Travel Expenses

Employees in need of transportation for their daily commute to work are entitled to travel expense reimbursement (Dmei Nesia) for each workday. The reimbursement is calculated based on either a discounted bus fare or the cost of a regional or national monthly pass.

Employers are required to reimburse employees for travel expenses incurred during their commutes as long as the commute takes place through public transportation, which is subsidized.

  • Employees who use more than one bus to reach their workplace are entitled to additional travel compensation from their employers. This applies if they travel to at least 3 bus stops with the additional bus to reach their workplace.
  • Travel expense reimbursement and the updated maximum amount per working day are determined through periodic updates.
  • Travel expenses are only applicable for days the employee commuted to the workplace.

Retirement Savings Plan

Israel’s retirement savings plans act as a hidden treasure chest, allowing you to set aside some of your earnings and build a comfortable fund for your future retirement. These accounts use compound interest and tax advantages to create a golden path to your retirement days.

Every eligible adult employee in Israel (21 for males, 20 for females) is entitled by Israeli law to receive retirement benefits from their employer. This may include a pension fund, “executive” insurance or a provident fund. It’s important to note that these retirement benefits are separate from any severance pay owed to the employee in case of contract termination unless otherwise specified in the employment contract (such as collective agreements or contracts approved by the Ministry of Labor).

In compliance with these regulations, the employer must contribute at least 6% of the employee’s salary or the average salary (whichever is lower) each month to the employee’s pension insurance. This contribution is considered a part of the employee’s compensation and is reserved for future severance pay. Additionally, the employee is required to contribute 5% of their remaining pay towards the pension insurance.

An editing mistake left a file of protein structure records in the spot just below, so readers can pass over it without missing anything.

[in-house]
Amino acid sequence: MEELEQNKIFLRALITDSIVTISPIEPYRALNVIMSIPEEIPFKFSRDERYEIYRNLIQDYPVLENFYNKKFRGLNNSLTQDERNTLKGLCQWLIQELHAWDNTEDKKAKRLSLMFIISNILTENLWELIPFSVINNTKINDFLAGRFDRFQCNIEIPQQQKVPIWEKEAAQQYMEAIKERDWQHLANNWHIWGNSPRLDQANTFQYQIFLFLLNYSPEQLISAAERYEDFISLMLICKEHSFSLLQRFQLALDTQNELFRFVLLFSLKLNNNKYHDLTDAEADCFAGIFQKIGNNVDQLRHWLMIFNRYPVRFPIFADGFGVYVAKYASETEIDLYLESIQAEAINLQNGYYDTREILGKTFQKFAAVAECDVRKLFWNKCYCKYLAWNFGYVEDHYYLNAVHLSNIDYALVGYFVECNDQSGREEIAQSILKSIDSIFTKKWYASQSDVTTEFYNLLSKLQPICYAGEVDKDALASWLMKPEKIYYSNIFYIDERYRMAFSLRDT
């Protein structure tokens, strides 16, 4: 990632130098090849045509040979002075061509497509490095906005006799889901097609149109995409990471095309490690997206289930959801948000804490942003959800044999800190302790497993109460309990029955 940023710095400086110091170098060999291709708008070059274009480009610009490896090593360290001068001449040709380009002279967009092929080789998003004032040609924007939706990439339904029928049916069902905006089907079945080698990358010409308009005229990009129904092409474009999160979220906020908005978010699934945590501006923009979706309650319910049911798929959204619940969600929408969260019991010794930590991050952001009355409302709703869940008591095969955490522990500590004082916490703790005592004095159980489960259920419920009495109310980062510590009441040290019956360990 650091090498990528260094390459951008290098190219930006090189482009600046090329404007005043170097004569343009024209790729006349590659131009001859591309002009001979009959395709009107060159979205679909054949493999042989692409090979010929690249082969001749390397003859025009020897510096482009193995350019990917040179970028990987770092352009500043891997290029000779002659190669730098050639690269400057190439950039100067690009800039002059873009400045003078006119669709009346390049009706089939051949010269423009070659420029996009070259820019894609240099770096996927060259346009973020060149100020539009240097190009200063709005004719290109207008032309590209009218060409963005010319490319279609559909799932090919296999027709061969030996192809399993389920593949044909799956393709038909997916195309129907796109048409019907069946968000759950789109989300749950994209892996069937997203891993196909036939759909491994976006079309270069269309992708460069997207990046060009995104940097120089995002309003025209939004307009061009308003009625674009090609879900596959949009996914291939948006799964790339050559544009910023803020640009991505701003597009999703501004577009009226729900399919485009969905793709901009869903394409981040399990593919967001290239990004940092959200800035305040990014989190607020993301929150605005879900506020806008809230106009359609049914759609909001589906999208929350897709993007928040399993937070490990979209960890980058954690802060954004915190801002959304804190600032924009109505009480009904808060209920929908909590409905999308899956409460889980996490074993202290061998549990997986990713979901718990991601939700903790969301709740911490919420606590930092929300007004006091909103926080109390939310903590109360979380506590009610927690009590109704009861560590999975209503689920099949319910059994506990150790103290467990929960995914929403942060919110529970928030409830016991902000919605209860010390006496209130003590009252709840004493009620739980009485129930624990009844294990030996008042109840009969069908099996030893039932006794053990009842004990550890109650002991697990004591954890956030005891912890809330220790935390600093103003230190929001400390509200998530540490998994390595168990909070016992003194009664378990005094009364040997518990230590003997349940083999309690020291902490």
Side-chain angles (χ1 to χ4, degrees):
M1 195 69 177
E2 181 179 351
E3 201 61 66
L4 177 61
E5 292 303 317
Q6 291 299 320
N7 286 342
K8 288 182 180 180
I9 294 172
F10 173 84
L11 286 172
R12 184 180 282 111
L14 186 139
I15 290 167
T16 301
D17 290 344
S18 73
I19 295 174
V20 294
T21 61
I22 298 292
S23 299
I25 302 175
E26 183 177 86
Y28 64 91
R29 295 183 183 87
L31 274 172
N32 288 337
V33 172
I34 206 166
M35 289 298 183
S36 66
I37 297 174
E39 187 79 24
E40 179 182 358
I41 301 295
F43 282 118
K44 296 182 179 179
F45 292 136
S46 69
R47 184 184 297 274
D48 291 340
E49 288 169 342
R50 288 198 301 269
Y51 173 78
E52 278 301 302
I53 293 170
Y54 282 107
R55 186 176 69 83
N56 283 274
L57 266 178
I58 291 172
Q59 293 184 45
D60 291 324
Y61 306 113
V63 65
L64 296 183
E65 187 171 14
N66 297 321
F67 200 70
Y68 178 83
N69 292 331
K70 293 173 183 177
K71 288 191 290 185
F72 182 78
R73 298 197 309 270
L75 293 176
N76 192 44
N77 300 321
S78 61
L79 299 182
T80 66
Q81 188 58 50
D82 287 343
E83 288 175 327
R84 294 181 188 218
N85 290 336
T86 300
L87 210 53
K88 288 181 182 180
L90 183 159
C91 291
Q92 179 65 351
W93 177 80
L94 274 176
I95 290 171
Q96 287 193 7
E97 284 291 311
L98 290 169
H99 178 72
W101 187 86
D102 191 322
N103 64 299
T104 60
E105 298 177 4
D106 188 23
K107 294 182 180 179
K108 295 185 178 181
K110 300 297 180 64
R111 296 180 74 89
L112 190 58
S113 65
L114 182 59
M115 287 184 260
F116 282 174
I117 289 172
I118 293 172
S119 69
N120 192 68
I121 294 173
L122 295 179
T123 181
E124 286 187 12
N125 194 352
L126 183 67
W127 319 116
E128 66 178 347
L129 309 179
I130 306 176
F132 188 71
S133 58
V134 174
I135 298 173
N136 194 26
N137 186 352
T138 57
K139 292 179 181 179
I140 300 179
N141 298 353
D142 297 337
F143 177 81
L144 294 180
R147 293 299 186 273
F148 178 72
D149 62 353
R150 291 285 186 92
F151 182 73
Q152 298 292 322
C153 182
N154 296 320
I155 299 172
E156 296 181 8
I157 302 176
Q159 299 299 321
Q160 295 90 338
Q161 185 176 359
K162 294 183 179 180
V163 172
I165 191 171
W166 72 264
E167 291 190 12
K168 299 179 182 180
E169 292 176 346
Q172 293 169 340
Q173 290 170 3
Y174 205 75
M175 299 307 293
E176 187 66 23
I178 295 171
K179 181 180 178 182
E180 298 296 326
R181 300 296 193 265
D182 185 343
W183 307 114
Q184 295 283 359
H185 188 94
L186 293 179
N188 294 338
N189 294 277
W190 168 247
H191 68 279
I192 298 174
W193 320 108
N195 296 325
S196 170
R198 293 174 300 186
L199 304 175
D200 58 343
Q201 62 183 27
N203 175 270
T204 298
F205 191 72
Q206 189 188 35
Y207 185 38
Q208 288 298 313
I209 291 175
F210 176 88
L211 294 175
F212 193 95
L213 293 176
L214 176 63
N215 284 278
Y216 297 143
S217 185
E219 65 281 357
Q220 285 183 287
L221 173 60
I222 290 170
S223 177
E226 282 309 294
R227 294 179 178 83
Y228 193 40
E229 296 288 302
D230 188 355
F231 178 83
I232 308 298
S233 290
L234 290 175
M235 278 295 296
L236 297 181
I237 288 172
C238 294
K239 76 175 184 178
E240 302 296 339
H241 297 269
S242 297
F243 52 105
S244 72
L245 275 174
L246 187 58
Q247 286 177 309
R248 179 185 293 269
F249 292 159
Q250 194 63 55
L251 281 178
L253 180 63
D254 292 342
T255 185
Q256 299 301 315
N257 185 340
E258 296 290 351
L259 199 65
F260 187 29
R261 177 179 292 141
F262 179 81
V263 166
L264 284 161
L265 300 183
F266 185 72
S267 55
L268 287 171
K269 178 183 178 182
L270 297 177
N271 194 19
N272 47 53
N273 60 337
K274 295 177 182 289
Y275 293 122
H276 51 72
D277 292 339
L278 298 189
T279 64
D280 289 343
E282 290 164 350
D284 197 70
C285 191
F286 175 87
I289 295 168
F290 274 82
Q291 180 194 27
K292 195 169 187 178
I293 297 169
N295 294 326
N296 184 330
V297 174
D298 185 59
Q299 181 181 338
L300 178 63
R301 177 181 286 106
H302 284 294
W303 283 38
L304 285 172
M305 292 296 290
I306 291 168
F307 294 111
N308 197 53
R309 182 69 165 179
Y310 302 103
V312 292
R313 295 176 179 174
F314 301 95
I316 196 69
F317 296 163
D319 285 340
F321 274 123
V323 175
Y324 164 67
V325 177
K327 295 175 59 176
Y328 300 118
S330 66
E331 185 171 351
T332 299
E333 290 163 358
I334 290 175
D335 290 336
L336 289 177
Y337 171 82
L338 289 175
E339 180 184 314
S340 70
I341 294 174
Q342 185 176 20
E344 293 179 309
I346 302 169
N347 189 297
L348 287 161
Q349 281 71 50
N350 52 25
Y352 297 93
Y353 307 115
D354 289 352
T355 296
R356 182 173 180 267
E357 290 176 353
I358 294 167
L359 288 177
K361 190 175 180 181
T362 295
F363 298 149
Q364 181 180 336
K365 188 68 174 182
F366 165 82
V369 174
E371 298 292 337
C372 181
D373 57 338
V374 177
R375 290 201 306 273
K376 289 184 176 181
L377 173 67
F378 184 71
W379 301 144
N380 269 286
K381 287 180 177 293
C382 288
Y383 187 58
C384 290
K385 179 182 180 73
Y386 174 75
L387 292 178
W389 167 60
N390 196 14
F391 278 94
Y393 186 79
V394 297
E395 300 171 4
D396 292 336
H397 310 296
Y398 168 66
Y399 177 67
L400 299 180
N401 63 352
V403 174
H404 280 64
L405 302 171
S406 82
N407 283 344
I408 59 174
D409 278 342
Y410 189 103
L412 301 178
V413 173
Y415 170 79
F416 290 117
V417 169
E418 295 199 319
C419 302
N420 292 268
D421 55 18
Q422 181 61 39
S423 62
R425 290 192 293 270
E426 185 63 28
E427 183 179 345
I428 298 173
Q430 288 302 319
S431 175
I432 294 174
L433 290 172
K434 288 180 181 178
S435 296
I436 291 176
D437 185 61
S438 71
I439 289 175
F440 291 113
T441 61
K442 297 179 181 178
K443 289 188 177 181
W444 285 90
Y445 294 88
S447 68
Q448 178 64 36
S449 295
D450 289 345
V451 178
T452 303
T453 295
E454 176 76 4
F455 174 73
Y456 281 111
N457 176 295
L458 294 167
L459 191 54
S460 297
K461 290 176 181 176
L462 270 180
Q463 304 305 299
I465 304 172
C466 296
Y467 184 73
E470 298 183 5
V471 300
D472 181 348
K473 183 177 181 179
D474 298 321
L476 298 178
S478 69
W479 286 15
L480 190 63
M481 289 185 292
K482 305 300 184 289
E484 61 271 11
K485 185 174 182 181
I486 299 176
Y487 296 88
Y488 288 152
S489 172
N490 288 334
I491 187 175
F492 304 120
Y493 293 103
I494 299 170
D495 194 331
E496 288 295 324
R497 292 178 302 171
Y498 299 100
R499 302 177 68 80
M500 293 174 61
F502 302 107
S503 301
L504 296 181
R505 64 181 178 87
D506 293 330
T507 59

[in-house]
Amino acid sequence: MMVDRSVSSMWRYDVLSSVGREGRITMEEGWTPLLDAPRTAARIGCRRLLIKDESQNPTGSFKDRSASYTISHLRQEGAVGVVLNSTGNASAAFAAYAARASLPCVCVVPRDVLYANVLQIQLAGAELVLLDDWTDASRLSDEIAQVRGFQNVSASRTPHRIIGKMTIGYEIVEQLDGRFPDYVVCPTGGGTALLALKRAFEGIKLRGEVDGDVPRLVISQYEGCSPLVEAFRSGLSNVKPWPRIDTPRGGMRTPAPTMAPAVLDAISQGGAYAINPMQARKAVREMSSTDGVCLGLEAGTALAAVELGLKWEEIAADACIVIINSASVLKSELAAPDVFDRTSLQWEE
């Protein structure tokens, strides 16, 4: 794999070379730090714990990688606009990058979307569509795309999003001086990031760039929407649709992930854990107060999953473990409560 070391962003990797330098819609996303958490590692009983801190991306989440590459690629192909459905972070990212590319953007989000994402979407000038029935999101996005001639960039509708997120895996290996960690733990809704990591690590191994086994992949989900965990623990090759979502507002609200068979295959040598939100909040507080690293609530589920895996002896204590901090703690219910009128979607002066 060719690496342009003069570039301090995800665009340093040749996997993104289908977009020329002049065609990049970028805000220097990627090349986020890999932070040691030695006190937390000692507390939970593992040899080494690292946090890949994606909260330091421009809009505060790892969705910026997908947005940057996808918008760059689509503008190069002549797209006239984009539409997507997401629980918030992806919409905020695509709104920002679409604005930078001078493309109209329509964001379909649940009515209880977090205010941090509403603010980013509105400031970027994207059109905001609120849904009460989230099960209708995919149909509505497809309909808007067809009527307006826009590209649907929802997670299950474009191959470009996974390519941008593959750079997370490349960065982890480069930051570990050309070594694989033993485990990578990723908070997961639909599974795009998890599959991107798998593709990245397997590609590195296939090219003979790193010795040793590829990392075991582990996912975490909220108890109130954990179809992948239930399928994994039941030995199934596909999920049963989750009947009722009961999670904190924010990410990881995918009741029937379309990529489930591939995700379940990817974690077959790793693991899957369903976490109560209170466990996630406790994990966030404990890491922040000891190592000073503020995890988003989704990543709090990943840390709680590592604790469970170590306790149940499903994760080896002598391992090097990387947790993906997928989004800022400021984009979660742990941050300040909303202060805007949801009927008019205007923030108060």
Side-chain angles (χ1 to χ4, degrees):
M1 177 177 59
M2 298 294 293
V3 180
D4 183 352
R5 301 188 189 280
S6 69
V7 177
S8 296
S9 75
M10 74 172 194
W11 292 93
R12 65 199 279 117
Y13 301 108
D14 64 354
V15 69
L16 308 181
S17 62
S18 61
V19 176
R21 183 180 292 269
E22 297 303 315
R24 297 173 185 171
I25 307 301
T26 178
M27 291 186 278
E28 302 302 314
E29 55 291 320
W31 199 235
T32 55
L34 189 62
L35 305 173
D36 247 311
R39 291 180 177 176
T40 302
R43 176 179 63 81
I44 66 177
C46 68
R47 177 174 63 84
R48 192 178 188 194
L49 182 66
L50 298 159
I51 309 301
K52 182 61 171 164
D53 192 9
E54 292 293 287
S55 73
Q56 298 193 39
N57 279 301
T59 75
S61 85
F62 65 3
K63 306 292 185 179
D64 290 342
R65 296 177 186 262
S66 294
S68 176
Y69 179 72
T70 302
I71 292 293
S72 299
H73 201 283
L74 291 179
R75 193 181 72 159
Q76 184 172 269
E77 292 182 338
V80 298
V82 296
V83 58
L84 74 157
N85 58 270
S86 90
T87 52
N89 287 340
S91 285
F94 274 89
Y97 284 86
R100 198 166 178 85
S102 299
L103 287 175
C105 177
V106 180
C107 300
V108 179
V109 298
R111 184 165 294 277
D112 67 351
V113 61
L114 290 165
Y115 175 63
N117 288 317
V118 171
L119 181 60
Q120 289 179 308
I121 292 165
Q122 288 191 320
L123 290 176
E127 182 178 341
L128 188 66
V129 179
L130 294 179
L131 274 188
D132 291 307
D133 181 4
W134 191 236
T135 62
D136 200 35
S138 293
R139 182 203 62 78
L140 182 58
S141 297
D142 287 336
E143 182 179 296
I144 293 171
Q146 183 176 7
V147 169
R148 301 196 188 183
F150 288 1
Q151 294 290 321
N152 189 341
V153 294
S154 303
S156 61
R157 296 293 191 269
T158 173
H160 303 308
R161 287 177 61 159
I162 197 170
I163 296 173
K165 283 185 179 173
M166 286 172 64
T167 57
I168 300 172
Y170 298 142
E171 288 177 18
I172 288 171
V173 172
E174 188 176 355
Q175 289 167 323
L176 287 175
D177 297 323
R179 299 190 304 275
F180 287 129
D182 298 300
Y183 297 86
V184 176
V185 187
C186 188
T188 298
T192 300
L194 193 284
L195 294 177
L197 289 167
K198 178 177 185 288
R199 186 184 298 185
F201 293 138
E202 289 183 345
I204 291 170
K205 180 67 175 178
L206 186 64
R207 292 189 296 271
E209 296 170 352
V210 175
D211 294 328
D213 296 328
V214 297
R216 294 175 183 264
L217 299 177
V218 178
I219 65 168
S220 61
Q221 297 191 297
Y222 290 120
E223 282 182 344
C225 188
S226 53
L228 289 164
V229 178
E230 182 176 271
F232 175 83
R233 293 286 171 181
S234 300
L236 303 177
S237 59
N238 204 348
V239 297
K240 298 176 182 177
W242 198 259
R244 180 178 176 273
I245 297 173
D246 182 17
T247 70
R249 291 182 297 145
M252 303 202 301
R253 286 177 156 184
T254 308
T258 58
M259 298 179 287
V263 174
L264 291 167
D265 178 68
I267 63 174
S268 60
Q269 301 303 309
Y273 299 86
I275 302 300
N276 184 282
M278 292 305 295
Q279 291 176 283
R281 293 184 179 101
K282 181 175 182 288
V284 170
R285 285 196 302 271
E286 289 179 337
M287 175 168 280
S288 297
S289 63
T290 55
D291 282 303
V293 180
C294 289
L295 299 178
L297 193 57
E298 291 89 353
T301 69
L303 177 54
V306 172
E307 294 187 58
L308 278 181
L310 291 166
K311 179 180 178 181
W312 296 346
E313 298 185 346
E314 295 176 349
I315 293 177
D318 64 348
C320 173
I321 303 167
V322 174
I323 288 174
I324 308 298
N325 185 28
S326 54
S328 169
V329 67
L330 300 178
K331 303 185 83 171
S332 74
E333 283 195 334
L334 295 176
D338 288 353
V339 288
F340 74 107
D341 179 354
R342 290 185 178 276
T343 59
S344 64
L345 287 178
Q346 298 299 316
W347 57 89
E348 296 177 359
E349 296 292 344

Typically, pension plans consist of various components, such as savings for future pension payments, life and disability insurance and severance pay.

Within certain limits, employees might have the choice to decide how premiums are allocated and can select from various asset allocation models. However, it’s important to note that not all pension plans provide every option, so it’s crucial to understand the details of your specific plan thoroughly.

Common types of pension plans include:

  • Bituach Menahalim – Encompasses savings, life insurance, disability insurance, and severance pay.
  • Kupat Gemel – Is a tax-free savings plan without insurance.
  • Keren Pensia – Similar to “Bituach Menahalim” but with a joint savings fund.
  • Keren Hishtalmut – A tax-beneficial savings plan funded by the employer and the employee. The funds are closed for 6 years, and withdrawing during this period incurs a tax penalty.

Sexual Harassment

Israel takes the issue of sexual harassment (Hatrada Minit) very seriously, firmly believing that everyone deserves a safe and respectful work environment. Consequently, the government has implemented a zero-tolerance policy for sexual harassment. This policy reflects Israel’s commitment to fostering a workplace culture built on mutual respect, dignity, and equality for everyone.

If someone experiences mental or physical harm due to workplace harassment, they may be entitled to compensation to cover lost wages, medical expenses related to the incident, and disability benefits.

Employment Termination

Employers are legally obligated to follow specific procedures when dismissing a worker, including giving advance notice and providing appropriate compensation (except in certain exceptional cases).

To ensure fairness and transparency, the employer must:

  • Issue a notice summoning the employee to a hearing (shimua), allowing time for the employee to prepare his/her case
  • Outline the reasons for convening the hearing and provide details of any complaints raised against the employee
  • Present their concerns openly and fairly, carefully considering the employee’s responses before making a final decision on termination